With the same zeal with which the press earlier defended the reform policy, it discredited an image of president as a national leader and reported in details about the incompetent military campaign in Chechnya and numerous victims among the soldiers. However, the position of the media community was not unified, as some reporters expressed less unambiguous and anti-war point of view.  


Informational blockade of Chechnya (2 Chechen War)

The situation with covering of the situation in Chechnya has changed dramatically after the Russian forces began second military operation on the territory of the republic. Analytical articles about Chechen war have almost disappeared from the state media. After the adoption of Law “On Combating Terrorism”  called counterterrorist, only NTV television, “Ekho Moskvy” radio station and few Moscow newspapers have tried to report about might happen outbreak of war and how another military action of Russian authorities will turn out.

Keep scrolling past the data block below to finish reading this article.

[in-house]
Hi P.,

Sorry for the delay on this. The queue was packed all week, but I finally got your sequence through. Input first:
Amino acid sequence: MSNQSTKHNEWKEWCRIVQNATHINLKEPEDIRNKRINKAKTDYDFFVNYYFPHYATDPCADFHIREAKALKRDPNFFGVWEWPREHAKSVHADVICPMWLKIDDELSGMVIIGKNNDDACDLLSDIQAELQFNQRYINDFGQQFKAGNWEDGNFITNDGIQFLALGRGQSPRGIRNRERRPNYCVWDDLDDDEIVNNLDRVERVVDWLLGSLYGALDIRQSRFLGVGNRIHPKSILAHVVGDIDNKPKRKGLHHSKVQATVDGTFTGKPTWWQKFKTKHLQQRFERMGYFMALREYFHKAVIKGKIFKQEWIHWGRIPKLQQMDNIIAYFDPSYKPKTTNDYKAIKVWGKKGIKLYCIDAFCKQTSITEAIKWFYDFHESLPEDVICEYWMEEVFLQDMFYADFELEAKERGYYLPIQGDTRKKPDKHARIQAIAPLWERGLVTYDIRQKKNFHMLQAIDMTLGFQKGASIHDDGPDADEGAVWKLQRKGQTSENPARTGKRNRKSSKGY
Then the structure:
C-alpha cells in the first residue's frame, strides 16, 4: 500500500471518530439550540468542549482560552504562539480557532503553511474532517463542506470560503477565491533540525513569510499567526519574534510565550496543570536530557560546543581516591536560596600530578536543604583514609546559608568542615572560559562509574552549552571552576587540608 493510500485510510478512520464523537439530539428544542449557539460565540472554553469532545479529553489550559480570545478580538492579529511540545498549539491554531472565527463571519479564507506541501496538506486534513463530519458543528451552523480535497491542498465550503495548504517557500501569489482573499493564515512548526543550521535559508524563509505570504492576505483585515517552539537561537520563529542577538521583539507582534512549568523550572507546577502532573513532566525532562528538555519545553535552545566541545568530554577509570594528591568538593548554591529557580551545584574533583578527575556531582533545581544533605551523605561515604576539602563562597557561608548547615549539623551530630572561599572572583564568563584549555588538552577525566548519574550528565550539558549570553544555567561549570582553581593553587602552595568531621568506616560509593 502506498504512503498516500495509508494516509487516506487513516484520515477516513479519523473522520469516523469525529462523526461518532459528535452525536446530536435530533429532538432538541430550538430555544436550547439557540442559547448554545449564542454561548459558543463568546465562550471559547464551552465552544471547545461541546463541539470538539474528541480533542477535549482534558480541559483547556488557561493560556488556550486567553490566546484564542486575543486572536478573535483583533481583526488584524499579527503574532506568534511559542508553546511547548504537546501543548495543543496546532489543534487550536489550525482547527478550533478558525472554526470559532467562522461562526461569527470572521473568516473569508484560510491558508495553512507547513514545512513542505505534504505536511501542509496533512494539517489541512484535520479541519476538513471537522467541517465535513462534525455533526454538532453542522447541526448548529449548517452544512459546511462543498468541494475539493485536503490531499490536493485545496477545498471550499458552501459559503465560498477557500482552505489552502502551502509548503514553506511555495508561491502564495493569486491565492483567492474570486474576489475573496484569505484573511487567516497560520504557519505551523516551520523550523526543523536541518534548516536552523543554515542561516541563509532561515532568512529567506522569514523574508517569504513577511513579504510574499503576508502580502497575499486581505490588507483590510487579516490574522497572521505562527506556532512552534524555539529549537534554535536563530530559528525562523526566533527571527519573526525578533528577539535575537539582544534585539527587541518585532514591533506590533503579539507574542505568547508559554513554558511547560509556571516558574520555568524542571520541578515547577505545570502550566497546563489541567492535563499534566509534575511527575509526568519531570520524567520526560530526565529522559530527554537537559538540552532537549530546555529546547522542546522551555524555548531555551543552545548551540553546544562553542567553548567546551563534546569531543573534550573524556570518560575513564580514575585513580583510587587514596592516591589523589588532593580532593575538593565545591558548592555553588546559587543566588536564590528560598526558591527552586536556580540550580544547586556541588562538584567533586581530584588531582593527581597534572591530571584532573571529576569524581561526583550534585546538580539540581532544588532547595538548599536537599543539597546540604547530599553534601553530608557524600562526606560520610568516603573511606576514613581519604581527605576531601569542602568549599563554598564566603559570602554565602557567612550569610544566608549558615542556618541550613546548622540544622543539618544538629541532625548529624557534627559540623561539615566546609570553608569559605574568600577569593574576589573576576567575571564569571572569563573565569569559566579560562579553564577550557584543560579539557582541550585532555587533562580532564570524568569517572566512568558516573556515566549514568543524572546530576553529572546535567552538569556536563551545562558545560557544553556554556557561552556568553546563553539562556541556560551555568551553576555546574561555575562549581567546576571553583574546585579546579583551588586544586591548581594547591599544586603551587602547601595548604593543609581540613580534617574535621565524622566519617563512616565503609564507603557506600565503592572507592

With the outbreak of war, the content of regional newspapers has changed completely. Only some of them published editorials and articles of analytical observers, which contained more question, but there were almost no answers.